Marijuana Culture Among Athletes
Marijuana culture is gaining ground, becoming ever more ubiquitous across every demographic variable. Cannabis users are less likely to be stereotyped as the loser lacking direction, motivation, and future. The normalization of cannabis culture is now supported by legalized use in Alaska, California, Colorado, Maine, Massachusetts, Nevada, Oregon, Washington, and Washington DC. Canada is about to table a bill legalizing marijuana at the federal level, that will go into law in 2018. What does this mean for runners?
Athletes have followed this trend, with popular cannabis culture popping up all over North America. Events, such as the, “Four-Twenty Games,” a group established to, “..de-stigmatize the millions who use cannabis in a healthy and responsible lifestyle,” are growing in popularity.
However, it is important to ask, “Is it useful?” Cultural movements, especially populist in orientation, require scrutiny and evaluation, especially when discussing cannabis culture in athletics.
First, before you read any further, allow me to get one important item out-of-the-way. I am in no way attempting to derail the marijuana culture that is gaining increased recognition. However, as you make a personal decision about using marijuana as an athlete, it is important to separate fact from fiction.
For purposes of this article, facts are only those supported by peer-reviewed literature, and interpreted with scientific scrutiny. Fiction is defined as personal accounts, and subjective interpretation of the data, both leading to confirmation bias. It is critical to move away from reporting peer-reviewed results with added personal spin – I am confident that this comes from a need for answers. However, personal spin does not equal scientific result.
The following outrageous claims are frequently reported in an effort to justify the normalization of cannabis culture. It is easy to find YouTube videos supporting the following anecdotal claims. Is anecdote always wrong? Nope! However, anecdote rarely supports scientific fact:
Peer-Reviewed Data About Cannabis
Marijuana has been shown to be at least moderately helpful with physical symptoms of disease, particularly pain. Reaching beyond symptom management is problematic. In other words, there is absolutely no research supporting claims that cannabis cures cancer, etc.
The following results indicate improvement of physical and mental health symptoms with cannabinoid use. However, it should be noted that most studies in the reported meta-analytic review did not meet statistical significance, and many suffered research design problems. (Whiting et al., Cannabinoids for Medical Use: A Systematic Review and Meta-Analysis.)
- Improved nausea and vomiting due to chemotherapy – Reliability = Low
- HIV/AIDS weight gain – Reliability = Low
- Chronic pain – Reliability = Moderate
- Spasticity due to MS – Reliability = Moderate
- Clinical Depression – Reliability = Low
- Anxiety Disorder – Reliability = Low
- Tourette’s Syndrome – Reliability = Low
Athletes – The Pros and Cons of Cannabis Use
For athletes, whether you are a runner or pole vaulter, the body of evidence seems to land on the following benefits and contraindications.
Benefits – Cannabis has been shown to be at least moderately helpful in the treatment of neuropathic pain and injury.
Contraindications – Cannabis decreases lung function when smoked, especially for daily users. Regular cannabis use can lead to problems with motivation, a concern that all athletes never want to face.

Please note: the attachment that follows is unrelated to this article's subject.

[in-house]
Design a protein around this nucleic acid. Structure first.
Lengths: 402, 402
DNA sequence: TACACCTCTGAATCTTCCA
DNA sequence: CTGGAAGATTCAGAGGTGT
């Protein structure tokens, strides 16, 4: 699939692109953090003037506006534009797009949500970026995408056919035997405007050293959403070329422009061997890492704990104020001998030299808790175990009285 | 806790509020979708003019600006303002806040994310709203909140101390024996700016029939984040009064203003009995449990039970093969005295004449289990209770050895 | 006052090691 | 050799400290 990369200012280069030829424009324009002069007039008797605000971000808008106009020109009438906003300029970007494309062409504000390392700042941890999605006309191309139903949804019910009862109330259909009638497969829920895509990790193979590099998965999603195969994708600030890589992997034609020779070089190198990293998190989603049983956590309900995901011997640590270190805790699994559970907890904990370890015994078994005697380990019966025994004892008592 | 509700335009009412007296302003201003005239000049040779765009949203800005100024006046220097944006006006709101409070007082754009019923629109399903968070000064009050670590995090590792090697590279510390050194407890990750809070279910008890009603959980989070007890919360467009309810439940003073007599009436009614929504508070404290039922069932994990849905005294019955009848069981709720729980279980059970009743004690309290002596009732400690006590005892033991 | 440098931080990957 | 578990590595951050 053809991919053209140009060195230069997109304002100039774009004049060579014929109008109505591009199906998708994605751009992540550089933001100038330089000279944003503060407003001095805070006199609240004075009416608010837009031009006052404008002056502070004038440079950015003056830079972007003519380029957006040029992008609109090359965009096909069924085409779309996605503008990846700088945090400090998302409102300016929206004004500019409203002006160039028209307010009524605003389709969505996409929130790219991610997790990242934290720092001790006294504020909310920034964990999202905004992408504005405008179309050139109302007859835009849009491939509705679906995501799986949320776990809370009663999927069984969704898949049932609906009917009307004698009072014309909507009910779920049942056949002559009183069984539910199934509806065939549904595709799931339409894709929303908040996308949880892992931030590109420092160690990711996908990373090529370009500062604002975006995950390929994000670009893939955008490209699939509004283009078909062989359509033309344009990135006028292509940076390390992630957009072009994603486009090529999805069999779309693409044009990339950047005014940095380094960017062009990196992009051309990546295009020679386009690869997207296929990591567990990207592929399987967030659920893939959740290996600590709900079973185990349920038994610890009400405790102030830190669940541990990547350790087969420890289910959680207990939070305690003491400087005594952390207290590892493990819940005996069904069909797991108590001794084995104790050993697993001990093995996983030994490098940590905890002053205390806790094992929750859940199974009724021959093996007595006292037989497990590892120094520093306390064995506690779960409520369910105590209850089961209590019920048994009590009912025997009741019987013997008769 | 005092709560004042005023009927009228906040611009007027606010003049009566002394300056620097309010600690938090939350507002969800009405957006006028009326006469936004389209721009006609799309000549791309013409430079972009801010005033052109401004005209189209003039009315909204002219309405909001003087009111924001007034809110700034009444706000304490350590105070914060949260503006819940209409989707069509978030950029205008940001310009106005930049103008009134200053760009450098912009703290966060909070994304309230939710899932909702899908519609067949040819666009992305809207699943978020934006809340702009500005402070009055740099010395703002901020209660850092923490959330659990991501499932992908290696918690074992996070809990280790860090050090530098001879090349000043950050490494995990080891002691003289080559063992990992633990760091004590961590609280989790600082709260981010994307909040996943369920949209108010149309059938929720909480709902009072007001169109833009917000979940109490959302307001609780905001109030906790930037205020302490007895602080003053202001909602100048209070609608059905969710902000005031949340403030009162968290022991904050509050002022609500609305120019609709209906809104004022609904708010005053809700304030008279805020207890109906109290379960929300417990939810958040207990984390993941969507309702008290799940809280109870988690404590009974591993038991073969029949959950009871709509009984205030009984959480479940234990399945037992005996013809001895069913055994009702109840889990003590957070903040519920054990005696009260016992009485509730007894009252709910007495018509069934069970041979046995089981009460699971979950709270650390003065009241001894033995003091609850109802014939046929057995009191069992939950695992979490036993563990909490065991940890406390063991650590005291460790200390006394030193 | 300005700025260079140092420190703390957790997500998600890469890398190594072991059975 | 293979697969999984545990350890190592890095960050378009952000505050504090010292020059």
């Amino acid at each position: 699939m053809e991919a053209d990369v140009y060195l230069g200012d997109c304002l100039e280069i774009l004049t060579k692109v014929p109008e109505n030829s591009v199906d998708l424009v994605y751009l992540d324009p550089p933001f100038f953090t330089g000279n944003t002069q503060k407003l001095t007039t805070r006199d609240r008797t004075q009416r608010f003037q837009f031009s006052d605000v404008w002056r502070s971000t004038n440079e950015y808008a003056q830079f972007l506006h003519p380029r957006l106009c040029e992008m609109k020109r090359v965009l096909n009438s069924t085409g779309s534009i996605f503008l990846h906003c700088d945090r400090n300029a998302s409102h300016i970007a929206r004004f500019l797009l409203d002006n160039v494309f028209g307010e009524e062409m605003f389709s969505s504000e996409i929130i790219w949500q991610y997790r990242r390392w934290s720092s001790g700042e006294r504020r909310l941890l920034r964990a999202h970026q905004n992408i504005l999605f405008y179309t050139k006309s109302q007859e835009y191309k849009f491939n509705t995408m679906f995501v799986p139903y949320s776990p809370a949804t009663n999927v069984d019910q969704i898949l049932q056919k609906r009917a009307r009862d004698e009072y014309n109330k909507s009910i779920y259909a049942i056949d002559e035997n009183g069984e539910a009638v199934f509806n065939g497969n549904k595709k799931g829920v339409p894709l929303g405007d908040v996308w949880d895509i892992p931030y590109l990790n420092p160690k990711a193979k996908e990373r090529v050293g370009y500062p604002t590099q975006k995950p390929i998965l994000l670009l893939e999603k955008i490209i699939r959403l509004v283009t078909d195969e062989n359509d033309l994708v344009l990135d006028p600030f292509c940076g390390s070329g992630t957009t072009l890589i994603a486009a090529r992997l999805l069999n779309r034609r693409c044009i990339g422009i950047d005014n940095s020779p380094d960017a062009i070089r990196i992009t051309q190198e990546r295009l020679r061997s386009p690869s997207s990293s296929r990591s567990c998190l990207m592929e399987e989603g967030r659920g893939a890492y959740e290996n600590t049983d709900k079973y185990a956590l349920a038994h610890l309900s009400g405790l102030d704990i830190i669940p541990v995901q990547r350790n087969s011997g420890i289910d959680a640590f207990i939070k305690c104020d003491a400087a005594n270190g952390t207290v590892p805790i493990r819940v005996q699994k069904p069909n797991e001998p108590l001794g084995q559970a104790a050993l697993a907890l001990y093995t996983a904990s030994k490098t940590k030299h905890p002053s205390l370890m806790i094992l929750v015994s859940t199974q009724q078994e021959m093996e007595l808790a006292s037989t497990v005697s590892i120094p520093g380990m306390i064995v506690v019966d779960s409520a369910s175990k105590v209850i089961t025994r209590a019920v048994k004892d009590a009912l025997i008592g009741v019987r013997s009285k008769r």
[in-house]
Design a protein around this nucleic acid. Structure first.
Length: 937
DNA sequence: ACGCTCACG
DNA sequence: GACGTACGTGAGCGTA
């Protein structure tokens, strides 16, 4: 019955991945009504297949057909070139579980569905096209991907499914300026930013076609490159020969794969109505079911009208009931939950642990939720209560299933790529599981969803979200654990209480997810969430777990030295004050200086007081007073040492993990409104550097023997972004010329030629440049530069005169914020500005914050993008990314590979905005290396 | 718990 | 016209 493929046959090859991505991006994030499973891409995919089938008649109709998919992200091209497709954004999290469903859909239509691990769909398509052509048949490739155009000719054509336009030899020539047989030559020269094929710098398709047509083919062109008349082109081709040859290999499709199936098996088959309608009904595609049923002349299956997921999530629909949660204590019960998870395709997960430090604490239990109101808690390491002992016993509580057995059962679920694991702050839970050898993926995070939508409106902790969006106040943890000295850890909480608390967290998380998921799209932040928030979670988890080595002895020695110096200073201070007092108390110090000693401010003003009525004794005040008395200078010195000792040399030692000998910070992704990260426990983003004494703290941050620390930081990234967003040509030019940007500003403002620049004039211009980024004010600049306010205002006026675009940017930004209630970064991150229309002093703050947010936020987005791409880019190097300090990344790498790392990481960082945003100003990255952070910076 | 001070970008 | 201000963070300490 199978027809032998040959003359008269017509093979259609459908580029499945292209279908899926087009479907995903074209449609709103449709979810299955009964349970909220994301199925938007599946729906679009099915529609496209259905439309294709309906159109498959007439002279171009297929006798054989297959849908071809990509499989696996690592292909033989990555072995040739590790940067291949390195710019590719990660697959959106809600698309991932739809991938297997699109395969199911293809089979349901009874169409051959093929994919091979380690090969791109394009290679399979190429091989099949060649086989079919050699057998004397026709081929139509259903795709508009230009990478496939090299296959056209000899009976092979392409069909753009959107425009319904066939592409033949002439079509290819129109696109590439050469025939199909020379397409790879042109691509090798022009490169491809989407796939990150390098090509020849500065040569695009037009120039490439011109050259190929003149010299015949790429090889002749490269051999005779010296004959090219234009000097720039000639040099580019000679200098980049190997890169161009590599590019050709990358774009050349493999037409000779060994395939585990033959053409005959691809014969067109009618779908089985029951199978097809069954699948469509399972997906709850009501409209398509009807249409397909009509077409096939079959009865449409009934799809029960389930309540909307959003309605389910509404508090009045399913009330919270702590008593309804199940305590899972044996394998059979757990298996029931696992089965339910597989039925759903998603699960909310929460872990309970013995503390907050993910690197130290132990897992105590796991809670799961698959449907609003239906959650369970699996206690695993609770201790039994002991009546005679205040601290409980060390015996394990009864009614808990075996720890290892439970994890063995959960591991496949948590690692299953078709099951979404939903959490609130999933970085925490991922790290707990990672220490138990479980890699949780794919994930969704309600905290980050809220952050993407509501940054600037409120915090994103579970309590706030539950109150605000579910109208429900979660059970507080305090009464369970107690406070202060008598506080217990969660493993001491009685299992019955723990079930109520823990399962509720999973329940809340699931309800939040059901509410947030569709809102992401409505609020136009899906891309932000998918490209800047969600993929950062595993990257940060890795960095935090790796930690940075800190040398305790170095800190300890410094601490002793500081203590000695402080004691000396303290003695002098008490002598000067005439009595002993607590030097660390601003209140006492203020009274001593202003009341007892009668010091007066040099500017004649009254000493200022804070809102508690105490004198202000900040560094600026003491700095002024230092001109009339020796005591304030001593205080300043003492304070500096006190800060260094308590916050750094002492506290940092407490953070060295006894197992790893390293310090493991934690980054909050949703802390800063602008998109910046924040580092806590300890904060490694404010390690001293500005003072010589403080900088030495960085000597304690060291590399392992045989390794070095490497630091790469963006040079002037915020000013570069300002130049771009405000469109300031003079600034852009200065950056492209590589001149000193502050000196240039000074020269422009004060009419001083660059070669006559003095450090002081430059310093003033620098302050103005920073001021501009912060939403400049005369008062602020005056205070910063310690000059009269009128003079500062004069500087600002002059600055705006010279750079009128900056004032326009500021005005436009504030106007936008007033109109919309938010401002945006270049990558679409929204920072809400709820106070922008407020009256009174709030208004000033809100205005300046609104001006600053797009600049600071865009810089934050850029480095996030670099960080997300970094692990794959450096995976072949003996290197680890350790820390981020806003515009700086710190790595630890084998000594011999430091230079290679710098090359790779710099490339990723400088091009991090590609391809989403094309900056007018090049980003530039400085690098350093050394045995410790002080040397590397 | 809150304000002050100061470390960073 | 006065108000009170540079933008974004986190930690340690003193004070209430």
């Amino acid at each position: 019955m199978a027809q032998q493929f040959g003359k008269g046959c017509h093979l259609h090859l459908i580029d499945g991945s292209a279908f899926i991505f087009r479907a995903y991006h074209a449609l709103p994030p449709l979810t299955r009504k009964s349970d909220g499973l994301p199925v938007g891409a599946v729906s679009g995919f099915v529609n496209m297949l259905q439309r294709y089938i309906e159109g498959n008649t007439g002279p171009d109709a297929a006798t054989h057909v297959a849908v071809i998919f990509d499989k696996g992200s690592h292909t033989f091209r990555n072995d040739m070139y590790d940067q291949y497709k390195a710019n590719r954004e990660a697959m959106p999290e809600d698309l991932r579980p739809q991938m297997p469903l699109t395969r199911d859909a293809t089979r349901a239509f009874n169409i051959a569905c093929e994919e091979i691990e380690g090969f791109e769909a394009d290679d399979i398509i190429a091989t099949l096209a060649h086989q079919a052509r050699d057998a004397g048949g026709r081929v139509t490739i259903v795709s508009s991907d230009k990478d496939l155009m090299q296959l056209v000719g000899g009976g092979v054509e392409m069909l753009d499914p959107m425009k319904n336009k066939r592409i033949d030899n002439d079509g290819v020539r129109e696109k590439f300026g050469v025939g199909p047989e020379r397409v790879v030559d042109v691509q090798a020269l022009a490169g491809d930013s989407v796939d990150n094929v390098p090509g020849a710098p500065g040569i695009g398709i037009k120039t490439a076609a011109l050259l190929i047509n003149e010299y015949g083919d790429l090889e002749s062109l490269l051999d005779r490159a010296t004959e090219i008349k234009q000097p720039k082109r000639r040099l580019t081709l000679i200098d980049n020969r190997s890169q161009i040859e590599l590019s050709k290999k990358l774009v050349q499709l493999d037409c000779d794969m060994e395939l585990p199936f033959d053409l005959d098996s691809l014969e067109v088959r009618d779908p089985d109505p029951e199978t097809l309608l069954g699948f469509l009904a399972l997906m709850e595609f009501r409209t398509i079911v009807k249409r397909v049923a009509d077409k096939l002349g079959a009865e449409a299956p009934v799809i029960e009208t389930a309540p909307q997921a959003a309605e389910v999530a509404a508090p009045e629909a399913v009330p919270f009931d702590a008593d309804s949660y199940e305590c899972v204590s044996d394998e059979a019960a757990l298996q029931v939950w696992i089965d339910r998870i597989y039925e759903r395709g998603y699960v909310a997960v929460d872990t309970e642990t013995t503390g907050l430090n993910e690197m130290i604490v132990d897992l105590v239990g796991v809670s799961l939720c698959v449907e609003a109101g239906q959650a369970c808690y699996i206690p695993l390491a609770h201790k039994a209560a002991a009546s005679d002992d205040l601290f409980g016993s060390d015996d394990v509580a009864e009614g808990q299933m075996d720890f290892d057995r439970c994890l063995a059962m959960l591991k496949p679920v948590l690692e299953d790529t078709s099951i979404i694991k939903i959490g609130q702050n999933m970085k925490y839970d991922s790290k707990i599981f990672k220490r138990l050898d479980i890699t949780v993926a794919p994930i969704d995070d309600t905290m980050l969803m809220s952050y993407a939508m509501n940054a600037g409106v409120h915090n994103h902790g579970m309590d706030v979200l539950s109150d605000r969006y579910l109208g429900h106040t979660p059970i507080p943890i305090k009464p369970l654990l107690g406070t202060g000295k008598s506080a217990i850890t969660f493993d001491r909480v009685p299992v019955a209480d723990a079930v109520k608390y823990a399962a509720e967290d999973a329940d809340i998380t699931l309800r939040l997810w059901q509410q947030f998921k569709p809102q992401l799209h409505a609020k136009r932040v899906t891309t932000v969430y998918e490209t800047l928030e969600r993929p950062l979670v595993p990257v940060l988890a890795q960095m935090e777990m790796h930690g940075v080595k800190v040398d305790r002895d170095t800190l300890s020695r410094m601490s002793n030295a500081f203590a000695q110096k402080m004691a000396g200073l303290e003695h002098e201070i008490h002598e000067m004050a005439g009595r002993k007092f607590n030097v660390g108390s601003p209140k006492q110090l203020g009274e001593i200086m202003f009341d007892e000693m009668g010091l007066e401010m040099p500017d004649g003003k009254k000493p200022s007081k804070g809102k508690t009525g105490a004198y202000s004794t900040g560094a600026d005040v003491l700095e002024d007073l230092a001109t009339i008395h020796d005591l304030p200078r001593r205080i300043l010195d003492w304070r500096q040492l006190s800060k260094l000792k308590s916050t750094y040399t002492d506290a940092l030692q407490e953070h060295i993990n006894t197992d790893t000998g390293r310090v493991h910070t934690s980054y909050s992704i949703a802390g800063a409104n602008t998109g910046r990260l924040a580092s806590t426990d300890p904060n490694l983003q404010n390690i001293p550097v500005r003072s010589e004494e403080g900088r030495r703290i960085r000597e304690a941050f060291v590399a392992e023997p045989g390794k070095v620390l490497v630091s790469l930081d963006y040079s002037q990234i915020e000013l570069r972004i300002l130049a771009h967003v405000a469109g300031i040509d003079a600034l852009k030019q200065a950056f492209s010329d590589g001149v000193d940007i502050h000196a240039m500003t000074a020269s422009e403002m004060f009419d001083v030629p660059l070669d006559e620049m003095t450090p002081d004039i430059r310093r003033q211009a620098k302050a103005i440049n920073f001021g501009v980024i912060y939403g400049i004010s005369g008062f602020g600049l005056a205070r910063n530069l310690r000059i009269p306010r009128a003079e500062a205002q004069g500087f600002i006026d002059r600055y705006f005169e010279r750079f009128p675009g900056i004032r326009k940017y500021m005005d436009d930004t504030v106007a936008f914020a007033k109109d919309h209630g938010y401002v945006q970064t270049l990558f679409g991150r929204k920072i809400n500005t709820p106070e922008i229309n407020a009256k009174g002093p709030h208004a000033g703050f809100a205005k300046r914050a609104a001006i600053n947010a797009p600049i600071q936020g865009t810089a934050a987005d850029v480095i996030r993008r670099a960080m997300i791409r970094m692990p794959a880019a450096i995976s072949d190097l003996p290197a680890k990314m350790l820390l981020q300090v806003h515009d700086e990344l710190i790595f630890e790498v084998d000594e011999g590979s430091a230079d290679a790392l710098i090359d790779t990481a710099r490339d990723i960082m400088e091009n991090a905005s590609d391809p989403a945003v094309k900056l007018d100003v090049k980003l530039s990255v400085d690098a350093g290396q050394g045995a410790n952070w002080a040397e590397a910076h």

The Drive For An Altered State
It is clear that proponents of cannabis tend to over state the benefits of THC/CBD, when the peer-reviewed evidence is clearly weak. However, is this actually a problem?
Runners, in particular, are seekers of achievement, physical challenge, personal growth, and an altered state. The physiology of the runners high centres around endorphins, the bodies natural feel-good hormone. Many runners are able to achieve the benefit of endorphins after each run. However, we rarely identify this specifically as an addiction.
As an addictions clinician for nearly two decades, I have settled on an understanding of addiction that shifts the therapeutic focus away from moralism and shame. In essence, the opioid user, as an example, seeks an altered state each time they use, a state shift from dysphoric mood and anxiety, to a feeling of calm, relief, and joy.
It is important to normalize this goal in recognition that we all are seeking an altered state in one fashion or another. When I go for a run, especially a long distance run, I am seeking a shift in how I feel. This is no different from someone who misuses substances. However the risk of using illicit drugs causes pause. Ongoing opioid use leads to problems with relationships, finances, health, and even overdose. There is no such risk as a runner.
The Verdict – Is THC My Friend? Sorta!
Using cannabis is a personal choice. I do not seek to discredit or criticize anyone who uses marijuana, especially athletes that find it a helpful part of their recovery. The problem rests in how marijuana users choose to justify their choice. Using anecdotal evidence, or peer-reviewed results with minimal to modest reliability outcomes, is a clear confirmation bias trap. It is better to be honest about the intention to use, and end judgment on yourself for liking the effects of getting high.
Thus, I find the following to be true:
- Millions of people use cannabis.
- Cannabis users are seeking an altered state.
- There is very poor evidence supporting the medical benefits of cannabis.
- People like to get high – And that is okay!
- We are ALL seeking an altered state of one type or another.
- Marijuana has relatively low risk of causing harm.
- Acceptance of our intent will end personal judgement.